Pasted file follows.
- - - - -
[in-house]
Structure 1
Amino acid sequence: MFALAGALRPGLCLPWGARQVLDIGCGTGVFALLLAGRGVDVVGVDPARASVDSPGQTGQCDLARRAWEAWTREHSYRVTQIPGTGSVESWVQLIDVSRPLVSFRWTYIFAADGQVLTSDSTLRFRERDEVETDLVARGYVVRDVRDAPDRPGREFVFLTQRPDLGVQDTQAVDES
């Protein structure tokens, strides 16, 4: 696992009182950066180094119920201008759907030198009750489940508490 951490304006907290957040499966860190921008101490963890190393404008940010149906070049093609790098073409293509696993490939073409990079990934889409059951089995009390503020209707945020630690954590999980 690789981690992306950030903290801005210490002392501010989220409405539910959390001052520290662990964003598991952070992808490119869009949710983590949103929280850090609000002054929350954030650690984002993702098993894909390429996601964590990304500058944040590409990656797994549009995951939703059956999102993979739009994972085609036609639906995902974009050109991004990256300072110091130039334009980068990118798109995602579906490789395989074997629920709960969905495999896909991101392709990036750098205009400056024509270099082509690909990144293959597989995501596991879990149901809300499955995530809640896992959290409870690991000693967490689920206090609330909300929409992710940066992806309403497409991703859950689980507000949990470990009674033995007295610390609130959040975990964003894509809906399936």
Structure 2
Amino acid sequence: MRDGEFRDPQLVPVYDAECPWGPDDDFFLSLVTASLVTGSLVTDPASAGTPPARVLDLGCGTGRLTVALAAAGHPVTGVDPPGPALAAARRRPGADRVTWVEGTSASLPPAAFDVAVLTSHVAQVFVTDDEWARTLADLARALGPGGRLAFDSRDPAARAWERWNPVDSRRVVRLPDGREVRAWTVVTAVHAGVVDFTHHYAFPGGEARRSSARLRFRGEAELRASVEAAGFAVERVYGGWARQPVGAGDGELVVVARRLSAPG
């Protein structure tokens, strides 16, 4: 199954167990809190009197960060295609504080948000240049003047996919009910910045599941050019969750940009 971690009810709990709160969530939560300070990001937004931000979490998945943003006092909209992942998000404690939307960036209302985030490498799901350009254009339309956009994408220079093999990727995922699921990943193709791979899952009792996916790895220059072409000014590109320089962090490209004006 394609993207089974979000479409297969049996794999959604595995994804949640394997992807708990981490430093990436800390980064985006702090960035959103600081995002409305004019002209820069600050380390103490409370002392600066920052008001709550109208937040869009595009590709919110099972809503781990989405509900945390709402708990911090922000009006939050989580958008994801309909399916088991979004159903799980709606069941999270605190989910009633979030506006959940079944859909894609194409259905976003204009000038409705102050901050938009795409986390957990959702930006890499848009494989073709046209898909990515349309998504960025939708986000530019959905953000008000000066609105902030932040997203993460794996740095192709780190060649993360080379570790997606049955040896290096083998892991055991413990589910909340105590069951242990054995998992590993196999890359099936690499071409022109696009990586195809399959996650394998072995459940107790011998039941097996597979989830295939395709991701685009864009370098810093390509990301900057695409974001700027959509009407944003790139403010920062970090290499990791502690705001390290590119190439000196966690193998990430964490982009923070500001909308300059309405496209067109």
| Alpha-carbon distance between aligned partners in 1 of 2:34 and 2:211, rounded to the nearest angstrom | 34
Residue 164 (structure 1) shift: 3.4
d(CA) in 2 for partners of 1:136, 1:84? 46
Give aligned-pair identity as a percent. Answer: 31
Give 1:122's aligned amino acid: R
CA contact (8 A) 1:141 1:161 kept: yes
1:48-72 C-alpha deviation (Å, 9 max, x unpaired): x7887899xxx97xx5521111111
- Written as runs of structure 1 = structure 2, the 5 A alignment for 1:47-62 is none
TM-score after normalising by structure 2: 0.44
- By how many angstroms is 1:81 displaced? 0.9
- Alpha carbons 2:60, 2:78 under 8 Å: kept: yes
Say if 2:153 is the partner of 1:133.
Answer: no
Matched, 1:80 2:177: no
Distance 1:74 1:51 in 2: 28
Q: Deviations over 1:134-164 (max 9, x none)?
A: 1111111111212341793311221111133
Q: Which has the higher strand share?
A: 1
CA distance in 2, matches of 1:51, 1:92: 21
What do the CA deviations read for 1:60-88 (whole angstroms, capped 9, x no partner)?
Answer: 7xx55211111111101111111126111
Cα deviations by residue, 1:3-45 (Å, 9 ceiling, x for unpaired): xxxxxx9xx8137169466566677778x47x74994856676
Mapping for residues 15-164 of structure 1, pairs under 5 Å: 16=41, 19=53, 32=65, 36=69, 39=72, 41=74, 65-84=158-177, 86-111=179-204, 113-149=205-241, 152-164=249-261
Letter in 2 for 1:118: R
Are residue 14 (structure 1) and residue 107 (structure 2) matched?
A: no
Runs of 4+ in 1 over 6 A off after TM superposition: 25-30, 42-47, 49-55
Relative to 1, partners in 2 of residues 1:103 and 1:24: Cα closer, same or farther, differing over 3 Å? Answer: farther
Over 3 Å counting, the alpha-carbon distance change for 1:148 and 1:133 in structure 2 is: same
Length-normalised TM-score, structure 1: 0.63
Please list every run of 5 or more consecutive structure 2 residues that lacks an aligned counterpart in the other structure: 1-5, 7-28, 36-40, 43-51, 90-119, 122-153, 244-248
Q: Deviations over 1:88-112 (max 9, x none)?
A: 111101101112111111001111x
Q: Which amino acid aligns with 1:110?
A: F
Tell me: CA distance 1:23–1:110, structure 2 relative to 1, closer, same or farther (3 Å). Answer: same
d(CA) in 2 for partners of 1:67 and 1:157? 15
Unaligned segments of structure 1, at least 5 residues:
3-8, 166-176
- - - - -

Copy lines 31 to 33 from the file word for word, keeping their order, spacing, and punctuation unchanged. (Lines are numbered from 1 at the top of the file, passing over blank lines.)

Mapping for residues 15-164 of structure 1, pairs under 5 Å: 16=41, 19=53, 32=65, 36=69, 39=72, 41=74, 65-84=158-177, 86-111=179-204, 113-149=205-241, 152-164=249-261
Letter in 2 for 1:118: R
Are residue 14 (structure 1) and residue 107 (structure 2) matched?